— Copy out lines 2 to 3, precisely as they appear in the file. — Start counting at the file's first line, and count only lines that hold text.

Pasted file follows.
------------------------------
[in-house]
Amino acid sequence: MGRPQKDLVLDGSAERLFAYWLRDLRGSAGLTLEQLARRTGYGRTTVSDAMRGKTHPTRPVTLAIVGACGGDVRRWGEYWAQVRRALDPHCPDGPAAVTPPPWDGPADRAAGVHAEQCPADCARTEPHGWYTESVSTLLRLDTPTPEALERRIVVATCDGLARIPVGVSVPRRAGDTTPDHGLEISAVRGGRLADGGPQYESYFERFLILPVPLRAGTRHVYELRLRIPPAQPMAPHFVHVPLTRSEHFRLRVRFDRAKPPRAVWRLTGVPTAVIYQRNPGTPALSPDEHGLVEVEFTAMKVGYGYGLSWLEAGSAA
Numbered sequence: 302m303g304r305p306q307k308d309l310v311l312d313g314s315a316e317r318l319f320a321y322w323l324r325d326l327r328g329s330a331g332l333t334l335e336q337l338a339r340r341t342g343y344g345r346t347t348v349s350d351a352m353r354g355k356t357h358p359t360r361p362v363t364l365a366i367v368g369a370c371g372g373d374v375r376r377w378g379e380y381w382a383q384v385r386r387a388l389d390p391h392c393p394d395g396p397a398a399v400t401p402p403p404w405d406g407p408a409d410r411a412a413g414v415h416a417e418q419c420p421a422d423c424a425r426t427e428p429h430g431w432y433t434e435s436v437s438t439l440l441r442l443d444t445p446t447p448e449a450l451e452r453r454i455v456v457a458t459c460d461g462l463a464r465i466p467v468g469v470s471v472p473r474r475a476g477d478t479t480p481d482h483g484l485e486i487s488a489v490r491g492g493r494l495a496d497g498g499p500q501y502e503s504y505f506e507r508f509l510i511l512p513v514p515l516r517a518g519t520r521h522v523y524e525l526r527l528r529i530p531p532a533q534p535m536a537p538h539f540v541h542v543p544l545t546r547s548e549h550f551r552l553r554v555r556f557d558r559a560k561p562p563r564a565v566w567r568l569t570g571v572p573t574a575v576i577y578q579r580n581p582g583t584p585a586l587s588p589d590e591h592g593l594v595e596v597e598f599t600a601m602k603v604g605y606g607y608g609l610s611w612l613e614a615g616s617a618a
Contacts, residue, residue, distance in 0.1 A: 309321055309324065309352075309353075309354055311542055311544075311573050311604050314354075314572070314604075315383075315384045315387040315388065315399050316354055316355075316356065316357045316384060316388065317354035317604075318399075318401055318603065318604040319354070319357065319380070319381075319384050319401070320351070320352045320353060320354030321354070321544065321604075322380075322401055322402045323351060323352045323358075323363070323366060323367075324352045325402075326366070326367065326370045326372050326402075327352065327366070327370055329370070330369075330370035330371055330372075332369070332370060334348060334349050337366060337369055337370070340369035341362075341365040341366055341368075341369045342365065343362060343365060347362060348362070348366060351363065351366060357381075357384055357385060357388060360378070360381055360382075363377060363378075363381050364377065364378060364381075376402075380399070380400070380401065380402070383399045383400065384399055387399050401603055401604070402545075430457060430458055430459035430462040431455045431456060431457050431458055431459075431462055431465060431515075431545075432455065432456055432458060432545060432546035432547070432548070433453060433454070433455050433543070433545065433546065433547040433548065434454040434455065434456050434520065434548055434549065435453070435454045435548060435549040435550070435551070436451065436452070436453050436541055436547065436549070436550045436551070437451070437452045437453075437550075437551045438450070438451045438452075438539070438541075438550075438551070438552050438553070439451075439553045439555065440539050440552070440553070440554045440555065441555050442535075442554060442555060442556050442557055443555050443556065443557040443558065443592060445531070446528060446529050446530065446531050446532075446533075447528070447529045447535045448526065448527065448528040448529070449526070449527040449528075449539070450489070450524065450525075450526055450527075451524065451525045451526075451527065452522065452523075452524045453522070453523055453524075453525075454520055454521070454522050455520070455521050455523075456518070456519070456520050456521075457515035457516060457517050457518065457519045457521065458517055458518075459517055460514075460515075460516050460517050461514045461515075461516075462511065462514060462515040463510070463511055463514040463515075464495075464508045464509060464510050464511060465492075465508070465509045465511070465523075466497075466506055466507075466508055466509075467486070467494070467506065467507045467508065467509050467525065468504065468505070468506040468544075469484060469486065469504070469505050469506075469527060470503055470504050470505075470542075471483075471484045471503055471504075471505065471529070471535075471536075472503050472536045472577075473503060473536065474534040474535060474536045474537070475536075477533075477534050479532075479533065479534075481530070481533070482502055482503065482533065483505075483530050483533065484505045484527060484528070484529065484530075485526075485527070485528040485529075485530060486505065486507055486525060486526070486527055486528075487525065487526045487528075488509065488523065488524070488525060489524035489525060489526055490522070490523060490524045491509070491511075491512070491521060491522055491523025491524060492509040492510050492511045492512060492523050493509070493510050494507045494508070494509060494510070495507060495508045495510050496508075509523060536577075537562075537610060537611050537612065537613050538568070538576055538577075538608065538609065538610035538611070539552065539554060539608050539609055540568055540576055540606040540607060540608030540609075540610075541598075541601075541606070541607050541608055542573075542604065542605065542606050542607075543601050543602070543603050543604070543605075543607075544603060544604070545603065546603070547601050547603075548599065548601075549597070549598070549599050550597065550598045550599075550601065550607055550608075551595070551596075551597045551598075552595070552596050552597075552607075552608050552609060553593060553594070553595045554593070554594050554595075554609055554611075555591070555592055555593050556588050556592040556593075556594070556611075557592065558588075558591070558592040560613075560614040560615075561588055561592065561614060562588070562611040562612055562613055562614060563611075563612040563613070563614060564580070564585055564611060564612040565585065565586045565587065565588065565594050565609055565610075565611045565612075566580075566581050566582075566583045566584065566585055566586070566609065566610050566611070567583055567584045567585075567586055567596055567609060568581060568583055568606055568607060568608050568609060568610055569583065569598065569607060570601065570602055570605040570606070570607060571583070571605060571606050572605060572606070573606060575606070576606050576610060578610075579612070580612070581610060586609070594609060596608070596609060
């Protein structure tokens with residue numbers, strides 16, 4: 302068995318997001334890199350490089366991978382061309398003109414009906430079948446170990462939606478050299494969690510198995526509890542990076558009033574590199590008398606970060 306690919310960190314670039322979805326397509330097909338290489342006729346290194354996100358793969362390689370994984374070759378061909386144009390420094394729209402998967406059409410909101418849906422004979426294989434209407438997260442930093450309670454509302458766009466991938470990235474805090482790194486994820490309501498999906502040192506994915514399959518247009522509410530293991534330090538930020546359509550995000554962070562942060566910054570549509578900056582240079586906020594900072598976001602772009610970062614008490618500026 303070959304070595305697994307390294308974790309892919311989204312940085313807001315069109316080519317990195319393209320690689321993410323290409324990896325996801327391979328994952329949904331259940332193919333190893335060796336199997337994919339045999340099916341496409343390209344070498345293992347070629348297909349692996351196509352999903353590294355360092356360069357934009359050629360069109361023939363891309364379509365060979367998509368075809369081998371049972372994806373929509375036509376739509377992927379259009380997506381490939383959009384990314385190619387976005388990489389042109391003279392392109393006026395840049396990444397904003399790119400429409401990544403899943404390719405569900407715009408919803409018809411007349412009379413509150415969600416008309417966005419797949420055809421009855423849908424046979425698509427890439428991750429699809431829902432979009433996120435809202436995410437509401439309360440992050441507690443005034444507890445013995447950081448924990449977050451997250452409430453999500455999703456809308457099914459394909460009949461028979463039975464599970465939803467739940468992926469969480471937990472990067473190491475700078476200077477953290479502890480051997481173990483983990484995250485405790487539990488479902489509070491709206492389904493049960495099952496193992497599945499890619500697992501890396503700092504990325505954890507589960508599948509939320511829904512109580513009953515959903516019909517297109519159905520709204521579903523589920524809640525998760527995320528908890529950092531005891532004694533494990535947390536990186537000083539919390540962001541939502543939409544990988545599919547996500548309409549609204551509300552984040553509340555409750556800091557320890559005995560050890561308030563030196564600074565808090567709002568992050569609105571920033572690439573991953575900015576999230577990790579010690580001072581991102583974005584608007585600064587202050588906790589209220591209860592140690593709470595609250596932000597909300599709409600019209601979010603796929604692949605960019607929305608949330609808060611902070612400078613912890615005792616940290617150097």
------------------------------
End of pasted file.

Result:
Amino acid sequence: MGRPQKDLVLDGSAERLFAYWLRDLRGSAGLTLEQLARRTGYGRTTVSDAMRGKTHPTRPVTLAIVGACGGDVRRWGEYWAQVRRALDPHCPDGPAAVTPPPWDGPADRAAGVHAEQCPADCARTEPHGWYTESVSTLLRLDTPTPEALERRIVVATCDGLARIPVGVSVPRRAGDTTPDHGLEISAVRGGRLADGGPQYESYFERFLILPVPLRAGTRHVYELRLRIPPAQPMAPHFVHVPLTRSEHFRLRVRFDRAKPPRAVWRLTGVPTAVIYQRNPGTPALSPDEHGLVEVEFTAMKVGYGYGLSWLEAGSAA
Numbered sequence: 302m303g304r305p306q307k308d309l310v311l312d313g314s315a316e317r318l319f320a321y322w323l324r325d326l327r328g329s330a331g332l333t334l335e336q337l338a339r340r341t342g343y344g345r346t347t348v349s350d351a352m353r354g355k356t357h358p359t360r361p362v363t364l365a366i367v368g369a370c371g372g373d374v375r376r377w378g379e380y381w382a383q384v385r386r387a388l389d390p391h392c393p394d395g396p397a398a399v400t401p402p403p404w405d406g407p408a409d410r411a412a413g414v415h416a417e418q419c420p421a422d423c424a425r426t427e428p429h430g431w432y433t434e435s436v437s438t439l440l441r442l443d444t445p446t447p448e449a450l451e452r453r454i455v456v457a458t459c460d461g462l463a464r465i466p467v468g469v470s471v472p473r474r475a476g477d478t479t480p481d482h483g484l485e486i487s488a489v490r491g492g493r494l495a496d497g498g499p500q501y502e503s504y505f506e507r508f509l510i511l512p513v514p515l516r517a518g519t520r521h522v523y524e525l526r527l528r529i530p531p532a533q534p535m536a537p538h539f540v541h542v543p544l545t546r547s548e549h550f551r552l553r554v555r556f557d558r559a560k561p562p563r564a565v566w567r568l569t570g571v572p573t574a575v576i577y578q579r580n581p582g583t584p585a586l587s588p589d590e591h592g593l594v595e596v597e598f599t600a601m602k603v604g605y606g607y608g609l610s611w612l613e614a615g616s617a618a